outreach efforts around the state both to acquaint people
with New Jersey's need to find a safe, dependable, long-term
solution to this pressing problem, and to help more communities
evaluate whether hosting the disposal facility for low-level
radioactive waste could be beneficial for them.
generators of low-level radioactive waste for the first time
in four years to fund the costs associated with siting a disposal
facility in New Jersey.
focused work with municipalities in which interest is expressed
in considering volunteering to host the disposal facility.
the voluntary siting process to ensure that it is as open
and responsive as possible to local concerns and processes.
whether legislative amendments or new regulations may be desirable
to clarify and better facilitate the implementation of the
Voluntary Siting Plan.
a Request For Proposals for a contractor to design, build,
operate and close a disposal facility in New Jersey.
to work with other states and compacts to explore any possibilities
for long-term out-of-state disposal. At present, however,
there are no such possibilities on the horizon.
Public Meetings of the Siting Board
1997, the Siting Board has scheduled meetings usually on the
first Thursday of each month in the 10th floor conference room,
44 S. Clinton Avenue, Trenton, located one half-block from the
train station and adjacent to a public parking garage. Meetings
commence at 9:30 AM and generally conclude between noon and
meetings are open to the public:
Summary for Fiscal Year 1996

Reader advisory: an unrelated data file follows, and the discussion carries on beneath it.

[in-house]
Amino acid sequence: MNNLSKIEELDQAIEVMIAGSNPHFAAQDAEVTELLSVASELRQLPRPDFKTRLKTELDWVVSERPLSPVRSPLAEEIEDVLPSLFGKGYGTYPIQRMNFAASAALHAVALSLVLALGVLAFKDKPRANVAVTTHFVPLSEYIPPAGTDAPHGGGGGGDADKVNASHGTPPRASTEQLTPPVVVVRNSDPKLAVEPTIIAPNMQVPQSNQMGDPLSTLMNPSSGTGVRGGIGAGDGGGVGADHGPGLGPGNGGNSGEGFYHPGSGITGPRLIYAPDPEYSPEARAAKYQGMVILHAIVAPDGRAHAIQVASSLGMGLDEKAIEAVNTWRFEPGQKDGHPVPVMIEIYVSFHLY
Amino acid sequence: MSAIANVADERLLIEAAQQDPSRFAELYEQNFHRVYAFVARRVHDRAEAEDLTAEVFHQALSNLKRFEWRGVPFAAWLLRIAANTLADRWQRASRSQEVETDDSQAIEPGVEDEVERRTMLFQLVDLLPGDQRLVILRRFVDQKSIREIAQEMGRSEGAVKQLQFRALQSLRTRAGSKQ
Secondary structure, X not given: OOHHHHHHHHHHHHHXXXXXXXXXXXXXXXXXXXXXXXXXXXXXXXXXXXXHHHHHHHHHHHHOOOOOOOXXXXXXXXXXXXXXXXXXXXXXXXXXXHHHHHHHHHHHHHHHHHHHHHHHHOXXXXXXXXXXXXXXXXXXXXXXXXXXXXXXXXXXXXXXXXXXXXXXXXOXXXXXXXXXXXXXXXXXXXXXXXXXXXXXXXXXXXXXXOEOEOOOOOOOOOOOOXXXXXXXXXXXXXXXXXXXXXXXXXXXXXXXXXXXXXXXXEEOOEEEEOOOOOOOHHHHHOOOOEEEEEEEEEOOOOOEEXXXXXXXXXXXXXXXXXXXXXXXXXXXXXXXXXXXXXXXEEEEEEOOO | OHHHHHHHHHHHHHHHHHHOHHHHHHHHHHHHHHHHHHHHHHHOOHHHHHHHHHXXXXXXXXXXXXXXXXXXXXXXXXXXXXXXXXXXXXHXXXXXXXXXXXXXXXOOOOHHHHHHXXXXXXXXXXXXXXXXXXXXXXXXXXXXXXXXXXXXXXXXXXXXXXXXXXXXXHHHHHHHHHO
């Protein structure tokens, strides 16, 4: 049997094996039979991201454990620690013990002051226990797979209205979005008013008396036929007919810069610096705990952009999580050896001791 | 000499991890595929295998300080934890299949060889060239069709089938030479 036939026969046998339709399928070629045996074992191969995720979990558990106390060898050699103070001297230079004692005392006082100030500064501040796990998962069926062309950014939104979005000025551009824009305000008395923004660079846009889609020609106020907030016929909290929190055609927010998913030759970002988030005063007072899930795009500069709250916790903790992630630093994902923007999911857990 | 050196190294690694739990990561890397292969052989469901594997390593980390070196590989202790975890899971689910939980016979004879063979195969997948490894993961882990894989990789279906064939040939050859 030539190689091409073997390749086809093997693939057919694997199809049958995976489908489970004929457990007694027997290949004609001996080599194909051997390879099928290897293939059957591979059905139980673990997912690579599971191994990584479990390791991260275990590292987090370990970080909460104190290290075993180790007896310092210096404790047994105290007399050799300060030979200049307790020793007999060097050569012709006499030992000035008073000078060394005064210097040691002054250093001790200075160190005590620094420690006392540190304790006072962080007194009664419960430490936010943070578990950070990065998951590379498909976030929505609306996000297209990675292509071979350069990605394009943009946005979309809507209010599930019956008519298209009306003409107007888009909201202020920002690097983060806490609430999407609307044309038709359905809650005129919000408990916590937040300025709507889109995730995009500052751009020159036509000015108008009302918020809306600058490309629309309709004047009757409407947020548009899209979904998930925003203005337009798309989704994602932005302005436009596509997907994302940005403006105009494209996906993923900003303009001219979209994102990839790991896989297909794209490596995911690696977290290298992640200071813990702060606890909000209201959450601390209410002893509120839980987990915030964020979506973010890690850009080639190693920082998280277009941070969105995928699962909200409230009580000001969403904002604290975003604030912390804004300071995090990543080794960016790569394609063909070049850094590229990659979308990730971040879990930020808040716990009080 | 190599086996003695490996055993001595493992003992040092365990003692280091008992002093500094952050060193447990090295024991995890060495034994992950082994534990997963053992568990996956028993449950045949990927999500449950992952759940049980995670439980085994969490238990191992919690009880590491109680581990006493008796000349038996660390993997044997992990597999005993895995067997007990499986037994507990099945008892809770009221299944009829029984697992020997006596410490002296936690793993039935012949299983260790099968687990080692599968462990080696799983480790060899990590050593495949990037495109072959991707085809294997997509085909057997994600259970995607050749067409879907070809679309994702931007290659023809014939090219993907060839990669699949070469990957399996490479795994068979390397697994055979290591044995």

(July 1, 1995 - June 30, 1996)
EXPENDITURES $ 1,397,994
Board Operations $ 630,335
[Salaries and Fringe] $ 503,359
Administration & Equipment $ 55,089
& Conferences $ 6,282
Outreach $ 65,605
Services from State Departments $ 344,337
of Environmental Protection $ 189,083
Jersey Network $ 35,954
of the Attorney General $ 44,000
of Dispute Settlement $ 75,300
Professional Services $ 292,172
for Public Interest Polling, Eagleton Institute of Politics,
Rutgers University $ 7,500
Wheeler Environmental Corporation $ 274,172
of Women Voters' Education Fund $ 10,500
Compact Commission $ 131,150
Siting Board receives all of its funding through fee assessments
on New Jersey generators of low-level radioactive waste. The
Board will assess fees for the first time in four years to provide
sufficient funds in FY'98 for site characterization - a comprehensive
and expensive analysis and evaluation of a potential site -
to begin as soon as a community and the Board agree that such
an undertaking is warranted.
noted above, the Board received professional services during
FY'96 from seven entities. Four - the Department of Environmental
Protection, the Office of the Attorney General, the Office of
Dispute Settlement, and Foster Wheeler Environmental Corporation
- provide assistance to the Board on an on-going basis. The
other three were hired for discrete projects: New Jersey Network
for the production of the Board's informational videotape; the
Center for Public Interest Polling at the Eagleton Institute
of Politics to conduct and analyze two focus groups during the
development of the voluntary siting process; and the League
of Women Voters' Education Fund to convene a statewide conference
in Jamesburg on low-level radioactive waste management.